When: Saturday April 30th 12:00-2:00
Where: McElroy House 420 S. 2nd Dardanelle, Arkansas
Contact: 479-957-0551 or McElroyhouse.wordpress.com
The McElroy House: Organization for Cultural Resources invites you to join us for a workshop on creating butterfly and bee loving gardens.
During this event we will be planting heirloom flowers and native varieties known for attracting pollinators. We’ll learn more about what kind of varieties we need to support butterfly populations and keep our crops healthy, and we’ll also be putting in some drip hoses for watering. Gardens are places for both grief and healing. Let’s share stories and grow a garden together!
All of our workshops are interactive, and for this workshop we are asking community members to consider bringing “story” plants to the gathering—the kind passed down among generations and communities and/or any varieties that are especially meaningful to you. Together we will add these plants to our butterfly story garden. If you are willing to share, we would love to document the story behind your plant and keep it with our garden so we can share it with the wider community. Your plant could be something in honor of a lost loved one, a past home, or even a plant in honor of an idea.
Of course, no need to bring a plant to attend! Just bring yourself! You’ll leave with information and resources for creating a butterfly garden at your own home or business.
Our first phase of research and outreach with the Garden Book is now in full swing, thanks to the hard work of Marie and Saira.
Marie Williams, a student and history major at Arkansas Tech, has been meeting with area growers and learning more about who’s out there, what they’re growing, and, perhaps most importantly, why they’re growing. We’re learning more about this living tradition and slowly helping to build resources to help it thrive.
Marie put together this wonderful post about her experience visiting withe Kristen Simmons and her amazing chickens.
Later in the week photographer Saira Kahn went out to take some wonderful photos and we’ll have those posted on Friday. Until then, Kristin has sent as a few shots of her beautiful birds (thanks, Kristen!)
If you’are a grower in the area we’d love to talk to you! You can email us at meredithmartin_moats (@) yahoo.com. To read a bit more about the backstory of this project, read a recent Seed and the Story column in the Post Dispatch and the Boiled Down Juice.
The windy October afternoon set the scene perfectly to interview Kristen Simmons. She lives down a dirt road, down another dirt road, about three miles from the small town of Dover. She lives in an ordinary looking brick house. As I walked up to knock on the front door I wondered where her growing operation was set up at. I saw no sign of a garden or of chickens.
Her husband answered the door and we found Kristen in the back yard. Now I saw the chickens, running free in the yard while a playful puppy chased them. Kristen was in the middle, mediating between the pup and the chickens, totally calm and in control. Now, this was what I was expecting, kind of. After friendly introductions we got down to business. When had she started growing?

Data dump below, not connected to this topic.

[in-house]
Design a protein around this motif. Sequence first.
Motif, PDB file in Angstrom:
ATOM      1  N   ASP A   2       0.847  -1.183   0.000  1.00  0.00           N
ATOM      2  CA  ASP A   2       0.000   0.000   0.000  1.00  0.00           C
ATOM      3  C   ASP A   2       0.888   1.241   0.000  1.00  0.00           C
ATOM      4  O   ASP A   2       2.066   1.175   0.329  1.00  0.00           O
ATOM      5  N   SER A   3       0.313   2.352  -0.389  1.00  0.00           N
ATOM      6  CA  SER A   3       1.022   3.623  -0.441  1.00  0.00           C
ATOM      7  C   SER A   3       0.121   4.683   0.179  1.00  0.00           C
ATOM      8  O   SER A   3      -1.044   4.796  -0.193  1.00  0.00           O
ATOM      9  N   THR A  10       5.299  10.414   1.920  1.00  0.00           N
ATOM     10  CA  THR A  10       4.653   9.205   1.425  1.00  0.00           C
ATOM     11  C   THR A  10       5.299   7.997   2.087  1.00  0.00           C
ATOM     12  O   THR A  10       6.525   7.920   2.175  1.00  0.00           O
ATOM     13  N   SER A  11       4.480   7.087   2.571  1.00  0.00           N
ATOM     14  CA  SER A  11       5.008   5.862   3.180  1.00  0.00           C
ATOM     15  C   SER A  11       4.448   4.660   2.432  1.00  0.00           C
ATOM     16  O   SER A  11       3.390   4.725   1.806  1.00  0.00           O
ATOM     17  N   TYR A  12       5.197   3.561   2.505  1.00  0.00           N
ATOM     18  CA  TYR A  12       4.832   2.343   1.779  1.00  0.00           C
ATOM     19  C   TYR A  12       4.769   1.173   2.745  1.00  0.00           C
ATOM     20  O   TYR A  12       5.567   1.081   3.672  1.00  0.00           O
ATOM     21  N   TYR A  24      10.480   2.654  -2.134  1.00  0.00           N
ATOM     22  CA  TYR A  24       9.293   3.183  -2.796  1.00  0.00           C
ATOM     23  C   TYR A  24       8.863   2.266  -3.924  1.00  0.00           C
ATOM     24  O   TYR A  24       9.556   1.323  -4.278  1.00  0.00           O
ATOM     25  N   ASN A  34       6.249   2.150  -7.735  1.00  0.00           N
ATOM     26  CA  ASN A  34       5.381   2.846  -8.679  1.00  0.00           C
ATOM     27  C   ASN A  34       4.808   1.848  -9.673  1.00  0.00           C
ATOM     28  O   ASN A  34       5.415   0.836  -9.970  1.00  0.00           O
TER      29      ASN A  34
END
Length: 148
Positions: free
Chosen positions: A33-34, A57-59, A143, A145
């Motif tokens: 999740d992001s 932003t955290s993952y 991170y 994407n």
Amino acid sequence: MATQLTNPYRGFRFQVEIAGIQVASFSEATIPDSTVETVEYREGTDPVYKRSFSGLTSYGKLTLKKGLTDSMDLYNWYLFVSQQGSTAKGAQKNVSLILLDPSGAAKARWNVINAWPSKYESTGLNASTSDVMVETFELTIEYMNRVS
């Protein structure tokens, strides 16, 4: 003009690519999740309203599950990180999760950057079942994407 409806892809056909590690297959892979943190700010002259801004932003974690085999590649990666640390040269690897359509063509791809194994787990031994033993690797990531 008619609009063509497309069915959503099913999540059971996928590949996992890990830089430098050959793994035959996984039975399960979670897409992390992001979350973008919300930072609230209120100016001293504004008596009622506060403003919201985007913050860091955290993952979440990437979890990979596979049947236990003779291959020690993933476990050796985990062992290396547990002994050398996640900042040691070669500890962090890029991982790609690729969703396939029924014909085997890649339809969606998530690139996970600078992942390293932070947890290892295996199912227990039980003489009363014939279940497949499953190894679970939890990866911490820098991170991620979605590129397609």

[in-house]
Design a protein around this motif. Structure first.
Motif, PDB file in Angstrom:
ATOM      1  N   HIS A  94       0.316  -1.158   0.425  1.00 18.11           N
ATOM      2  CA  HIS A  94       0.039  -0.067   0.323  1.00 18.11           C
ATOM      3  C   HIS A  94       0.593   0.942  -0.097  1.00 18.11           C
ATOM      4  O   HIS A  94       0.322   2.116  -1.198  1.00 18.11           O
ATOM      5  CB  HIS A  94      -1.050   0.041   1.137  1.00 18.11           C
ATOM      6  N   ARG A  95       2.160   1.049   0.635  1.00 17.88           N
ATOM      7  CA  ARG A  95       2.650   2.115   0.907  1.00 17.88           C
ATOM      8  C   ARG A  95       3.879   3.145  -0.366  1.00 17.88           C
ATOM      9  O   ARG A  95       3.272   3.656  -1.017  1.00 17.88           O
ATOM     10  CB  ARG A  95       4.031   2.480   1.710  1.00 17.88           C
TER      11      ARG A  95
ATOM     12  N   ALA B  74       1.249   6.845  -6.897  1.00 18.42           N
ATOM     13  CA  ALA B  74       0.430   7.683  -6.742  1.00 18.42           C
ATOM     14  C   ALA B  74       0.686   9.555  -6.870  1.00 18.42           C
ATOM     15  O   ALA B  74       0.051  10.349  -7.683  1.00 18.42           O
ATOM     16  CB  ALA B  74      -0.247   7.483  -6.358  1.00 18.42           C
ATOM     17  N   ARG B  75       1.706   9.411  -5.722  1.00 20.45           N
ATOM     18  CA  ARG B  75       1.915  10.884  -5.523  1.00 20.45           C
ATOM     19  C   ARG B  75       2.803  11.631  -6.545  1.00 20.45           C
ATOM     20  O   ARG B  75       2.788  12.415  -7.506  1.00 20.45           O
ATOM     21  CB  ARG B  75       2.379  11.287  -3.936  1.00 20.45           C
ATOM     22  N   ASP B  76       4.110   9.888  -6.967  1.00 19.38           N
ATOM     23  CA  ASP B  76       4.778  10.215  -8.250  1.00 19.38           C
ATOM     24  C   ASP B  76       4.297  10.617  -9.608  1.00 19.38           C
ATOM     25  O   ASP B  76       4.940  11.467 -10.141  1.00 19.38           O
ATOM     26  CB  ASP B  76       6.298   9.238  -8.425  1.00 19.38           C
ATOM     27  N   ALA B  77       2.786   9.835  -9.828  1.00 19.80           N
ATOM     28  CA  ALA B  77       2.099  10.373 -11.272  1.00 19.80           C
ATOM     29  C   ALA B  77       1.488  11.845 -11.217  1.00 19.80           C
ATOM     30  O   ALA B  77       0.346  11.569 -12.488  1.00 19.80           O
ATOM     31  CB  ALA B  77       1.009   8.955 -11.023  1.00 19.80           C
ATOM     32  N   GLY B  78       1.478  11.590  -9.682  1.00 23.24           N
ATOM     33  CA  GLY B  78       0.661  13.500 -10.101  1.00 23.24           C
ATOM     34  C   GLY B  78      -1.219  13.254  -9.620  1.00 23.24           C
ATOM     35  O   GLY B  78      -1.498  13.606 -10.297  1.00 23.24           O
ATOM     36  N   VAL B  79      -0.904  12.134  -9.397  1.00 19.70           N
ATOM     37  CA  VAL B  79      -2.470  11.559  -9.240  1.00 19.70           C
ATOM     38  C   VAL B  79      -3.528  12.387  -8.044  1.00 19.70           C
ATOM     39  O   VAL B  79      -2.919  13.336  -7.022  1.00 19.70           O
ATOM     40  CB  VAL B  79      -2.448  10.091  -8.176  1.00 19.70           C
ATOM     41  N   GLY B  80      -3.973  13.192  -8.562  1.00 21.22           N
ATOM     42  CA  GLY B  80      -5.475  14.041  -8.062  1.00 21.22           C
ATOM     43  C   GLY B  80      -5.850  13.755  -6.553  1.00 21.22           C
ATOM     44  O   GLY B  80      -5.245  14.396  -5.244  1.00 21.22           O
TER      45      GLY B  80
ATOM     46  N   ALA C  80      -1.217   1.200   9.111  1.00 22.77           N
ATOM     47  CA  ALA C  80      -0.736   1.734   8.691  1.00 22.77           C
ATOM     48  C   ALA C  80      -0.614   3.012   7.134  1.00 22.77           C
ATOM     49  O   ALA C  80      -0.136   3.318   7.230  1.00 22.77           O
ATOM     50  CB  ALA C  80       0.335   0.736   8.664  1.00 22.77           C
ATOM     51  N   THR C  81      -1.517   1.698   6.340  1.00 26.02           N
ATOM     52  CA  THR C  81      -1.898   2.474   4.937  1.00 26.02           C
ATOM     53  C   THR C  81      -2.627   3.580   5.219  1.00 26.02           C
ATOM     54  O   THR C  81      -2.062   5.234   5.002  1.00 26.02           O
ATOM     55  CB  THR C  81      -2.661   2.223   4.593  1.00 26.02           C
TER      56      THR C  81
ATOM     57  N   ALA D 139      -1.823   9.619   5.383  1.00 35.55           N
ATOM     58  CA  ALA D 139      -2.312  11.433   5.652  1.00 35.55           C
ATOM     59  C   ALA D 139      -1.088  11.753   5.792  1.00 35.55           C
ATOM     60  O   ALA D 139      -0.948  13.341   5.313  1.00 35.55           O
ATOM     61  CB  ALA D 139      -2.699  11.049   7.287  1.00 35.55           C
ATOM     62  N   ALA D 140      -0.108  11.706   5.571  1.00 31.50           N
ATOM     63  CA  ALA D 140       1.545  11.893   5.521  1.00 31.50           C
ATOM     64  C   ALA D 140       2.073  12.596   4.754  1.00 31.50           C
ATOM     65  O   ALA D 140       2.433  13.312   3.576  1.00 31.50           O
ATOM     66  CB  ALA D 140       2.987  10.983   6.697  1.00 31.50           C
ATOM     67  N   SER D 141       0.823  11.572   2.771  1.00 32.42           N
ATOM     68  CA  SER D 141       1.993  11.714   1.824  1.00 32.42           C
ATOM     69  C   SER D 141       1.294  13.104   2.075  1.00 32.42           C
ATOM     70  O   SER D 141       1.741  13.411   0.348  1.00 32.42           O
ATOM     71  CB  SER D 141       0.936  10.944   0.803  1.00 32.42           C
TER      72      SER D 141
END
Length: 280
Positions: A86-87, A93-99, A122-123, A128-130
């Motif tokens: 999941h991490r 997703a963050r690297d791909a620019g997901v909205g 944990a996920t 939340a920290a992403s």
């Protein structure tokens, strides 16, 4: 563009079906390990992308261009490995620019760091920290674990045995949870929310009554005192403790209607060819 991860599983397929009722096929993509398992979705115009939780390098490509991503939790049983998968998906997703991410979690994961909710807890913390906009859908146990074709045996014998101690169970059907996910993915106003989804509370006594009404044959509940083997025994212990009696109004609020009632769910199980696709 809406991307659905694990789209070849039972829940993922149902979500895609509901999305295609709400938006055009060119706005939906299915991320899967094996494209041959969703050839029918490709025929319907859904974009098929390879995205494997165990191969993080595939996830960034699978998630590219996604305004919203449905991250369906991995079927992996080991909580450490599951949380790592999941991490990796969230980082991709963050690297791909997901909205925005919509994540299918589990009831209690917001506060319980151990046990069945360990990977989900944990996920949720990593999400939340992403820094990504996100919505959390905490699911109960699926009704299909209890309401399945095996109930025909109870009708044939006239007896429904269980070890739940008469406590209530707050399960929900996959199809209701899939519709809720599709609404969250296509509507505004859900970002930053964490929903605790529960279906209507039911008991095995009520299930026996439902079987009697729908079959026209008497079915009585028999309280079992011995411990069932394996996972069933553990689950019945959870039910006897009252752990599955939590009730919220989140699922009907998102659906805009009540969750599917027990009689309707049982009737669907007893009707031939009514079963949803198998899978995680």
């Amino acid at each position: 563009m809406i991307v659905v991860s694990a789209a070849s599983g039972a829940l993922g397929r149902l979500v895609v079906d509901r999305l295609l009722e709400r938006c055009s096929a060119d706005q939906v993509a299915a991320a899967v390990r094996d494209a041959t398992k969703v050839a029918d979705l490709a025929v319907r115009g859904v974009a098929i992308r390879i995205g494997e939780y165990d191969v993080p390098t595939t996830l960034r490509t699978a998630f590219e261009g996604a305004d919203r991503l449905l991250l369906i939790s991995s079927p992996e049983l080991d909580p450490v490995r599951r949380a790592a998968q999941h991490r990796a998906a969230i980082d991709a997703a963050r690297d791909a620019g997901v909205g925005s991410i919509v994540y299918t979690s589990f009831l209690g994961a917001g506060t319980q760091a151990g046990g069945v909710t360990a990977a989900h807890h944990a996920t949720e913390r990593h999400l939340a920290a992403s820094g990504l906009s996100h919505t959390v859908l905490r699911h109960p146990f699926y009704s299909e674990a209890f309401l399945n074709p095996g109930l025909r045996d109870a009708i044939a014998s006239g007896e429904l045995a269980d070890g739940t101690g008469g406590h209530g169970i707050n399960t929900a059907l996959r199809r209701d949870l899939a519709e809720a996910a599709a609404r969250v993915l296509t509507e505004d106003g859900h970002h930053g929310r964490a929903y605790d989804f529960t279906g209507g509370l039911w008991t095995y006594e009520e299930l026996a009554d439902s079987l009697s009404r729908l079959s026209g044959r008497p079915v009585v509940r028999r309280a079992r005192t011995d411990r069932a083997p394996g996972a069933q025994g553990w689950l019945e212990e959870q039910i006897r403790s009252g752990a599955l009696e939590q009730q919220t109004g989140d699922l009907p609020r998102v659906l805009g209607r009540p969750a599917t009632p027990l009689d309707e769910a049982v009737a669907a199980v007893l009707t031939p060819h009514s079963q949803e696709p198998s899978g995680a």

“Since July of last year. All of these chickens I’ve acquired since March of this year. My first batch of chickens was a learning experience, it was not a success. So we tried again after I did a lot of research and looked up what I needed to know. We started out wanting about a dozen chickens. I have twenty-six now. I have an indecent amount of chickens, they’re addictive. People who have chickens call it chicken math, it happens.”
Twenty-six chickens. This information floored me. How did a twenty-two year old full time nursing student manage to take care of twenty-six chickens? Not to mention the rabbit, the dog, the cat, the husband, and the vegetable garden. She seemed bubbly and full of energy. Not the tired gardener, apologizing for the mess or fretting about the state of the yard. I had to know her secret. Her motivation for making her life invariable harder than it had to be.
“Well, it doesn’t, the chickens especially, don’t take up as much time as the average person would think. You can get away with five or ten minutes of work with them a day and they’ll be happy. They’re not hard to please.”
I was floored. How could all that be easy? She explained to me that watching the chickens in the morning when she fed them relaxed her. She would spend a few minutes with them and check on things and start her day off right. Collecting their harvest of beautiful eggs was always rewarding because she could not wait to see which hens had started lying and what the bounty for the day was. She described each chicken to me and what kind of egg they laid and why she had gotten that particular chicken.
“The red and white [chickens] are basically the breeds you’re going to get your store bought brown eggs from. They were bred for high egg production. This is a green egg. My favorite egg color is probably from those brown ones with the yellow necks right up there. They’re called Welsummers and they lay a dark brown egg with speckles so they look kind of like quail eggs. I keep all docile chicken breeds because it’s just easier.”
Her devotion to the chickens was obvious, even though she was not too attached. She chuckled as she explained to me that eating her chickens was something she had done and would continue to do. I learned that the roosters tended to be gamey if you waited too long to eat them, but the chickens would be good to eat their whole lives.
“It’s really interesting because they really do each have a personality but I didn’t think that when I got them. I thought they would run around and scratch all day. Half of it depends on what breed you get but they really do each have a little bit of personality. You have to look at it [losing chickens] as part of raising chickens because what doesn’t like eating chickens? I would suggest not getting too attached. We have eaten a couple of chickens before. It was a learning experience. I would say it was definitely worth it.”